Book Review: Y Negative by Kelly Haworth

Release Date: November 16, 2015
Publisher: Riptide Publishing
Format: ebook (kindle)
Pages: 278 pages
Genre: LGBT/ Sci Fi/ Fantasy/Dystopian
Buy: Kindle | Paperback


In the last surviving cities of a ruined world, the concept of “woman” has been forgotten to history. Those unfortunate enough to lack a Y chromosome live as second-class citizens in a world dominated by mascs.

Ember is Y negative. He is scorned, bullied, abused by every masc he encounters, at work and at the gym. Not even his Y negative roommate cuts him any slack. He wants so desperately to be accepted as a masc that he’d rather buy black market testosterone than food. Something’s gotta give—he needs a change in his life, but has no idea how to find it.

Jess is a masc with a passion for studying the recovery of their devastated world. His boyfriend is pressuring him for more commitment, and his father expects him to take over the family business. He can’t wait to get away from civilization for his seasonal research out in the wild.

When Jess offers Ember a job, their lives collide in the isolated wasteland, and their initial attraction turns into a relationship that horrifies those around them. Soon their struggle to stay together and to be who they are turns into a fight for their lives.


Very interesting twist on the world.  This world is gay and heterosexuality is not tolerated.  Those born female or Y negative are used as surrogates and then allowed to remove their breasts and use testosterone.  They are considered Andro's and those born male, Masc's. Andro's are supposed to only date Andro's and Masc's stick to Masc's.  Ember is an Andro who longs to be with a Masc but is tormented, bullied and abused for his desires.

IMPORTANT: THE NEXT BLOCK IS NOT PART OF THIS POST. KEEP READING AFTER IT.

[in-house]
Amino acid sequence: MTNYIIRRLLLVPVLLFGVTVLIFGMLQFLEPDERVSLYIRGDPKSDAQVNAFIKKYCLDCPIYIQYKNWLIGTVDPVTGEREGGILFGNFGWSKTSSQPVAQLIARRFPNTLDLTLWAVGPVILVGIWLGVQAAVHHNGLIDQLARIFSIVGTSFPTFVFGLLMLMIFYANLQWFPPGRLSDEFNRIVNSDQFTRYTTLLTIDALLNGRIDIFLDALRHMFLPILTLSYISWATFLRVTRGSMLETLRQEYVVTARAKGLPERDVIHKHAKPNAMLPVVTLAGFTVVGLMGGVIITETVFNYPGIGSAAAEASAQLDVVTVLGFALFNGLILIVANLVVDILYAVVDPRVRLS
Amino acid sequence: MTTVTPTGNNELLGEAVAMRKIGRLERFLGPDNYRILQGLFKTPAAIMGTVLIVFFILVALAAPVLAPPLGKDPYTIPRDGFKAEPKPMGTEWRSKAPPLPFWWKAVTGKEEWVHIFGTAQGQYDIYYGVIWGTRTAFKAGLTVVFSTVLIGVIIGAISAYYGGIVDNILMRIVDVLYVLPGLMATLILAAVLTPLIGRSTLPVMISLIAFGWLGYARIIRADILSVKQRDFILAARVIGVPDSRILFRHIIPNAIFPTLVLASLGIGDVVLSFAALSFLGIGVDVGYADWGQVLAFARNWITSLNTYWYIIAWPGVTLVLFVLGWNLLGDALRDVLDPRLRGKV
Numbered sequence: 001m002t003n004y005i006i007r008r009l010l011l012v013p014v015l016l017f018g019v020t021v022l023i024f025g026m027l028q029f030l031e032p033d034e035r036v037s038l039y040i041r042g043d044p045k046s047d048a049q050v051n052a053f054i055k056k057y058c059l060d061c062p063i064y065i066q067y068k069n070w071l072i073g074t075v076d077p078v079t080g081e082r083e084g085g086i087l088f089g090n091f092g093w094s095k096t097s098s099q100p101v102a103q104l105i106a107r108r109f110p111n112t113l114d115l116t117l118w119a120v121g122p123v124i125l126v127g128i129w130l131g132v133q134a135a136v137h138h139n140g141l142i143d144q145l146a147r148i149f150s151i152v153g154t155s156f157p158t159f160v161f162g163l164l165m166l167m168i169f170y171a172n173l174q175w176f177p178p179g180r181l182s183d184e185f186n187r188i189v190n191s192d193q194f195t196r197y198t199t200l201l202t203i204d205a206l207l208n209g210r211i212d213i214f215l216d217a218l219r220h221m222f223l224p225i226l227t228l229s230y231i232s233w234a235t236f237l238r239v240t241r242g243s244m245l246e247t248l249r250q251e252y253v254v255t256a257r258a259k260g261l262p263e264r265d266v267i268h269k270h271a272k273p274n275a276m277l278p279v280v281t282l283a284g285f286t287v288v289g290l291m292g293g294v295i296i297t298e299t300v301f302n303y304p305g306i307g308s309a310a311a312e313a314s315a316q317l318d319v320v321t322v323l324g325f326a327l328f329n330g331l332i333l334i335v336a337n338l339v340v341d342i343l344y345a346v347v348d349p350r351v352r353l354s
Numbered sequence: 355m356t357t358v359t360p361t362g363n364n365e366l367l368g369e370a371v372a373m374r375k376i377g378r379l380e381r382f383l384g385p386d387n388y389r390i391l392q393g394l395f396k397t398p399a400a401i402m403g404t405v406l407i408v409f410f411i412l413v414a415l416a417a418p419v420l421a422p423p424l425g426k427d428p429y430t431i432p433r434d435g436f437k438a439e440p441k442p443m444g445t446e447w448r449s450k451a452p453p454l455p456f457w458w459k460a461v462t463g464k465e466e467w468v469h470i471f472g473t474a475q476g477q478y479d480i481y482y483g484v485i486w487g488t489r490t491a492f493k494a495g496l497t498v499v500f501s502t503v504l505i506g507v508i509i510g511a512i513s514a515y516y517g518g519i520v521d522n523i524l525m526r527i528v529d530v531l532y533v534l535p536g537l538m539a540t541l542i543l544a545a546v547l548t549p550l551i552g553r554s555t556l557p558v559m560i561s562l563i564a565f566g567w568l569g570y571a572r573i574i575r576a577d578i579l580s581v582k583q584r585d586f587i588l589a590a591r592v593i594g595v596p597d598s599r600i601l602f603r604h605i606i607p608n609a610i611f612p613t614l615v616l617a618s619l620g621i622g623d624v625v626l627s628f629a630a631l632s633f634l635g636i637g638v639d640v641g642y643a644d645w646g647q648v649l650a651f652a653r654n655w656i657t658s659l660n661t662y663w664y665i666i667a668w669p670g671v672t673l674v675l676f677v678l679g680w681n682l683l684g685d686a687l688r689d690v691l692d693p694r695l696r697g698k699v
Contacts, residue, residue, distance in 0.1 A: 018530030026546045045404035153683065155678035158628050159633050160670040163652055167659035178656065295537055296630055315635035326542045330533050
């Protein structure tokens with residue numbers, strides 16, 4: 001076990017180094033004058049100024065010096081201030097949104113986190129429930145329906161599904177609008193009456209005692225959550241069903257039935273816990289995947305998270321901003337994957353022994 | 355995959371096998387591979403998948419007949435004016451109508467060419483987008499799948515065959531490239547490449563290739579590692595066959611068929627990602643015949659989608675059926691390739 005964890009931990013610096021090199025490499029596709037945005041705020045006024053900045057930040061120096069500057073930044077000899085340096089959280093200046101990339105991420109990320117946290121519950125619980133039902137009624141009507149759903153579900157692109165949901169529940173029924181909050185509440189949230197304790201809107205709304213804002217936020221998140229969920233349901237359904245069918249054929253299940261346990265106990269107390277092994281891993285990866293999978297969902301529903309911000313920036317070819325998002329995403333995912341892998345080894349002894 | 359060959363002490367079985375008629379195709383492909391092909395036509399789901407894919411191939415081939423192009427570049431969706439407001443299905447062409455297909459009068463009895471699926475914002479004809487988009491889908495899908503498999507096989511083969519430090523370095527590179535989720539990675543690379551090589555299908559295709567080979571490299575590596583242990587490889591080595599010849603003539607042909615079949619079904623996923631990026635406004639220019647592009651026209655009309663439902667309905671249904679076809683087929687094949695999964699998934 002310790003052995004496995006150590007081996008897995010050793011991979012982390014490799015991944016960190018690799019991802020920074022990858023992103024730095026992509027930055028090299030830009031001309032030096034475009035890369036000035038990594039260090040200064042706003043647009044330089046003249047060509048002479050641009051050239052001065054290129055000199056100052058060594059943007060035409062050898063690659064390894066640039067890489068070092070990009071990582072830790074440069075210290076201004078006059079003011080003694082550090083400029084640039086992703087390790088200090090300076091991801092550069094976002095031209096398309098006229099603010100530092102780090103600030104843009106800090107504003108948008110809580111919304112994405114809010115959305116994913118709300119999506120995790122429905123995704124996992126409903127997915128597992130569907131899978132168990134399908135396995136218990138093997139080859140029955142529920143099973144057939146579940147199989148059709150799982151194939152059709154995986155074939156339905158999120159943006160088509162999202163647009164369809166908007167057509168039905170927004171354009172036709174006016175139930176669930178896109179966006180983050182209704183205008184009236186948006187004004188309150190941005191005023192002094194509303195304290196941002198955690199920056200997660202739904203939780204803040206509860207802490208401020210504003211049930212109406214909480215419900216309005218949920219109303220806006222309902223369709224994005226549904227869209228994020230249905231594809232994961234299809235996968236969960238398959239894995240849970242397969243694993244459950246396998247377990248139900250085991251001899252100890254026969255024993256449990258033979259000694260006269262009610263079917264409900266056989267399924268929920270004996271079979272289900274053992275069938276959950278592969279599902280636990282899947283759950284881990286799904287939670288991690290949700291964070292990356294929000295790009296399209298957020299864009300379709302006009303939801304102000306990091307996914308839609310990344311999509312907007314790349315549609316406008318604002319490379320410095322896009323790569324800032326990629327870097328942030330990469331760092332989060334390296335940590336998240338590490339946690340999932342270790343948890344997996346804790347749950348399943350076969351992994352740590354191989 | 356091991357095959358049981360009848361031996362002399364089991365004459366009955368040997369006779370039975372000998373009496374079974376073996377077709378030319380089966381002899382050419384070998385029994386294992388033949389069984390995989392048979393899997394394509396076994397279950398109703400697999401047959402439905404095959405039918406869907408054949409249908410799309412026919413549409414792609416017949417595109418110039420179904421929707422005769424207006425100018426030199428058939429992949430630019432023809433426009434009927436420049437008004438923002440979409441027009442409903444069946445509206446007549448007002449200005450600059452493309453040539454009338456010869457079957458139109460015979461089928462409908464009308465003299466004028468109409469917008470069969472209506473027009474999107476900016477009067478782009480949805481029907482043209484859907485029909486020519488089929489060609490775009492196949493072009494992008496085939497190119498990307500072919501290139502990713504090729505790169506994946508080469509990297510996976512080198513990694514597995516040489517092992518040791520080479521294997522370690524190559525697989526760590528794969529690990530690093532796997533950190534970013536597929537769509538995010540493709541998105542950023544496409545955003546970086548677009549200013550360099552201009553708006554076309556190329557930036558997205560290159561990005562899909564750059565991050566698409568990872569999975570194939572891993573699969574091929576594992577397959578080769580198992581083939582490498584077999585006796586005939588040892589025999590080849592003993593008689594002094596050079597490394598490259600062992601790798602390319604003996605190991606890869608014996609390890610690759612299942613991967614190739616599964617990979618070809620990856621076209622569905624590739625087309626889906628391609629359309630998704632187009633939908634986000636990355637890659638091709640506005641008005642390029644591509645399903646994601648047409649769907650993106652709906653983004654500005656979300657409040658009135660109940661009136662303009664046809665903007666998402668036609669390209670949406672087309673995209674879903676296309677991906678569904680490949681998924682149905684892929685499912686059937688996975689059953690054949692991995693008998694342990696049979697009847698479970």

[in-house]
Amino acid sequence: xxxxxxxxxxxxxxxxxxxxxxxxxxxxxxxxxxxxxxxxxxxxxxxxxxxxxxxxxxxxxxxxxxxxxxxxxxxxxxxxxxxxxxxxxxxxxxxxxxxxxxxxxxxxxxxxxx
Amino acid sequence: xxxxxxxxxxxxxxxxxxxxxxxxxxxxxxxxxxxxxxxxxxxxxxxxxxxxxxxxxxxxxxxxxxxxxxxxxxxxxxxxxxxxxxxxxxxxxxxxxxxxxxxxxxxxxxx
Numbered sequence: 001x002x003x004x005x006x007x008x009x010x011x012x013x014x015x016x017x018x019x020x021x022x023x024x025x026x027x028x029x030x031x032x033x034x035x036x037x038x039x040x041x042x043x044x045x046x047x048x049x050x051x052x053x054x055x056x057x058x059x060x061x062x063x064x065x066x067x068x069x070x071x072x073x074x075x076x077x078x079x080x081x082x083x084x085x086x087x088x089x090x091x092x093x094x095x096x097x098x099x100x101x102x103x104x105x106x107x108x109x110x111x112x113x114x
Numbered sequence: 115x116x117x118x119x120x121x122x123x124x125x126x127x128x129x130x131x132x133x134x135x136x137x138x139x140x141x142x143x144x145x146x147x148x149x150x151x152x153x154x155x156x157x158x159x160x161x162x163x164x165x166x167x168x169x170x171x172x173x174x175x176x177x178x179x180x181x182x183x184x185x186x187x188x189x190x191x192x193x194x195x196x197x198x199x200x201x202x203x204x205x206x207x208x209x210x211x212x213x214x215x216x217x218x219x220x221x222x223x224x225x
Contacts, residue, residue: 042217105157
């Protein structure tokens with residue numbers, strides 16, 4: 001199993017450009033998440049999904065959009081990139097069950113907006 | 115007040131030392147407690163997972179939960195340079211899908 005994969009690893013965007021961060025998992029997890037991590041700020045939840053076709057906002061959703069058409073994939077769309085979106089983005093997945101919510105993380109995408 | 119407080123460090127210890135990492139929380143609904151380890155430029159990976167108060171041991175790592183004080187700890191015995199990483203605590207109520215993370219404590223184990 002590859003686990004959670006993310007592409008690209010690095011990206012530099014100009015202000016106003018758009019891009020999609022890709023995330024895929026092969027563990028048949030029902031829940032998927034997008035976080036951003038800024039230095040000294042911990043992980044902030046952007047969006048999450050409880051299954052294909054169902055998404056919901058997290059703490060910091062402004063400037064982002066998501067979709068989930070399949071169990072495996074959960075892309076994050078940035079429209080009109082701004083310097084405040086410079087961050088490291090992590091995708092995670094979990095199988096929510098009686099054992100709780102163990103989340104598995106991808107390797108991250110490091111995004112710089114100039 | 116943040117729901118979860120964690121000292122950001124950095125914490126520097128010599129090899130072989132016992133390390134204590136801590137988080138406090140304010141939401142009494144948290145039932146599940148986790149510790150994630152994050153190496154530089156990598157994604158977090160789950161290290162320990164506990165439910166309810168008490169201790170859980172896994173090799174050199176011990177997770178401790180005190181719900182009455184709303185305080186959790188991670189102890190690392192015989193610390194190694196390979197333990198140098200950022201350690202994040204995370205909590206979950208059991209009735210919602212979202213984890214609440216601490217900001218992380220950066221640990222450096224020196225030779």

While working out in the wastelands Jess and Ember become close and soon find themselves at the mercy of the Scavengers or those who live in the Outskirts, people who have shunned city ways and try to live off the land and what they can scavenge to survive.  In this community being Het isn't a problem and in fact they have many "natural" children born to them.

I loved the twist on the world, and this book really drives home how dangerous and painful homophobia is in today's society.  The hurt it does to those who are "different" and how hard many of them try to fit in just to be "normal".  The descriptions of society in the city and in outskirts was a tough and thought provoking read. Even now several days after I finished it I can't stop thinking about this book.  I highly recommend it.

Disclaimer:  I received this book from the publisher through in exchange for an honest review


  1. Thank you for writing such a great review. After reading it, I understood that this story is quite a complicated story that touches a problem of not fitting in society. I'll definitely read it!

  2. It was fabulous. Definitely something that can spark a good conversation.


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